Why does the Islamic State engage in beheadings and crucifixions? Of course, the practice of beheading is invoked in the Koran, but only the most extreme Islamic militants carry it out in the modern day.
We might identify three parts to this. First, psychological warfare is a key part of the Islamic State’s military strategy. Even where outnumbered, as they were in Mosul in June, the Islamic State’s fighters have used their reputation for terror to dissuade Iraqi forces from ever seeking battle. Which poorly paid soldier wishes to risk decapitation, impalement, or amputation for the sake of a distant, crumbling government? Fear is a uniquely effective weapon.
Second, the Islamic State understands that Western governments are, to some extent, dissuaded by the prospect of a British or American soldier meeting with a similar fate. It would mean not just political ruin, but also an unimaginable propaganda boost for the jihadist cause. Two days before declaring their caliphate, the Islamic State threatened to attack the US if they were targeted militarily. Their rhetoric presently outstrips their capabilities, as former MI6 chief Richard Dearlove has argued, but the track record of massacre and torture gives these threats, to Western audiences, added menace. Brutality is therefore also a form of deterrence.
Third, terrorism is a form of propaganda by the deed. And the more chilling the deed, the more impactful the propaganda. The graphic nature of beheading, the focus on the individual, and the act of bodily desecration involved all render this far more chilling than the explosion of a bomb, even where the latter’s death toll is greater. The killing of Lee Rigby was uniquely horrific because of the targeted, mechanical quality of the murder.
There’s little new in this approach, particularly the massacre of captives and the method of beheading for the purposes of terrorisation. The American journalist Daniel Pearl was beheaded in Pakistan in 2002, the American businessman Nick Berg in Iraq in 2004, and several others thereafter.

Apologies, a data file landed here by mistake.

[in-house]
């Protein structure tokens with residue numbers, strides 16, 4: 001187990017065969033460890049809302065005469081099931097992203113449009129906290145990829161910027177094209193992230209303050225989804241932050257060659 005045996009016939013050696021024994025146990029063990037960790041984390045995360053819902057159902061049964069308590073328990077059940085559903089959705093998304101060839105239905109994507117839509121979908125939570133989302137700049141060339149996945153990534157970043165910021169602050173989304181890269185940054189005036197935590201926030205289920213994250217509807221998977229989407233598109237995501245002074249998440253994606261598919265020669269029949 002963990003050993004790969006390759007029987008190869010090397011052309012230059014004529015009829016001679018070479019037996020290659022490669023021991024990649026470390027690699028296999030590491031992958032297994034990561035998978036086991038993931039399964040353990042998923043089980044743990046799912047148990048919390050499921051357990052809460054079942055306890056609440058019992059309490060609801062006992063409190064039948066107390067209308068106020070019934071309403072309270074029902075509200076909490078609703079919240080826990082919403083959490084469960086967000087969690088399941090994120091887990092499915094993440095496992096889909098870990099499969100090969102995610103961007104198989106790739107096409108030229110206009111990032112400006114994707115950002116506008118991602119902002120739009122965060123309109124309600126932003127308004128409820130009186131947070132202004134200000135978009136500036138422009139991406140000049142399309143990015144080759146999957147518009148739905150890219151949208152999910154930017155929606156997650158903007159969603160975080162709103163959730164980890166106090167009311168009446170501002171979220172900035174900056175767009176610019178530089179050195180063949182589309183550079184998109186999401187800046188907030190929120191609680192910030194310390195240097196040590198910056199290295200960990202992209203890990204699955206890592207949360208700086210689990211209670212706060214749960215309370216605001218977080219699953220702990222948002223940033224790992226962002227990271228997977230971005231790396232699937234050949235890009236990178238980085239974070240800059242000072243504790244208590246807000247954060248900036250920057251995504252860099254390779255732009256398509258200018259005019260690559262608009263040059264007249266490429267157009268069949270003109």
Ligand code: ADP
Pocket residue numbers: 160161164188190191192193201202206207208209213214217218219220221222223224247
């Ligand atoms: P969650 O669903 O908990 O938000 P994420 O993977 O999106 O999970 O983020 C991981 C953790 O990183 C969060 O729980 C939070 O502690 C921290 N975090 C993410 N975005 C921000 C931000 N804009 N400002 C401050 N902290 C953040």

But does all this actually work? There are two ways in which a strategy of brutality can backfire.
The first is that it can induce your enemies to fight even harder, because surrendering is such an awful option. One academic study shows that “the Wehrmacht’s policy of treating Soviet POWs brutally undercut German military effectiveness on the Eastern front”. Moreover, the Soviets’ own relative brutality to Germans meant that German soldiers fought harder in Russia than in Normandy. The lesson? The Islamic State can make its enemies flee, but it would be a foolish Iraqi unit that surrendered – and the net effect is that the Islamic State has to fight all the harder.
The second problem is that the Islamic State is in the state-building game. It is out to conquer, not merely to annihilate. But it was precisely such excessive and indiscriminate violence that proved the downfall of the Islamic State’s precursor, al-Qaeda in Iraq. Sunni groups, armed and protected by a surge of US forces, turned on the group in the so-called Awakening, expelling it from the same Sunni-majority areas in which it’s now encamped. Although the Islamic State initially sought to restrain itself in the places it seized over the first half of this year, its record has been patchy, to put it mildly. Iraqis may be accustomed to being ruled by terror, but it doesn’t mean they like it.
This is one of the reasons – in addition to the Islamic State’s megalomania – that the group was expelled from al-Qaeda earlier this year. As Osama bin Laden wrote in a letter four years ago, pursuing jihad “without exercising caution … would lead us to winning several battles while losing the war”. Thus the modern jihadist’s dilemma: when does a strategy of calibrated terror turn into a self-defeating orgy of violence?
- Second American Journalist Beheaded (telegraph.co.uk)
- Islamic State Reportedly Bans Uploading Beheadings to Social Media (breitbart.com)
- Second US reporter murdered as Iraq forces advance (news.yahoo.com)
- ‘I’m back’: ISIS beheads second journalist (heraldsun.com.au)
- ISIS extremists murder second reporter (newsinfo.inquirer.net)